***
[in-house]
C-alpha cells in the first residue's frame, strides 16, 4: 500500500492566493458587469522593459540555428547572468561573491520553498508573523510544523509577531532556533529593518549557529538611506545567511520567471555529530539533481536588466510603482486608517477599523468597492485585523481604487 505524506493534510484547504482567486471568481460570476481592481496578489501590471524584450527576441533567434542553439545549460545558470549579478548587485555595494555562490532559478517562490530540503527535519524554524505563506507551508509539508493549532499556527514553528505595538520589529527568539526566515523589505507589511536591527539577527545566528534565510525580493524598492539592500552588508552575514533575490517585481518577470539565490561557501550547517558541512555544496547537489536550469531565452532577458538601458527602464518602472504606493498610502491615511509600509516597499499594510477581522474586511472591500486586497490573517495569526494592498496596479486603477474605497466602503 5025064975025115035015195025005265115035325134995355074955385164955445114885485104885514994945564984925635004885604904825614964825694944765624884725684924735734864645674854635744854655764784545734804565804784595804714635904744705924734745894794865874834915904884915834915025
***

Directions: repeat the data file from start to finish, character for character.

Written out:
[in-house]
C-alpha cells in the first residue's frame, strides 16, 4: 500500500492566493458587469522593459540555428547572468561573491520553498508573523510544523509577531532556533529593518549557529538611506545567511520567471555529530539533481536588466510603482486608517477599523468597492485585523481604487 505524506493534510484547504482567486471568481460570476481592481496578489501590471524584450527576441533567434542553439545549460545558470549579478548587485555595494555562490532559478517562490530540503527535519524554524505563506507551508509539508493549532499556527514553528505595538520589529527568539526566515523589505507589511536591527539577527545566528534565510525580493524598492539592500552588508552575514533575490517585481518577470539565490561557501550547517558541512555544496547537489536550469531565452532577458538601458527602464518602472504606493498610502491615511509600509516597499499594510477581522474586511472591500486586497490573517495569526494592498496596479486603477474605497466602503 5025064975025115035015195025005265115035325134995355074955385164955445114885485104885514994945564984925635004885604904825614964825694944765624884725684924735734864645674854635744854655764784545734804565804784595804714635904744705924734745894794865874834915904884915834915025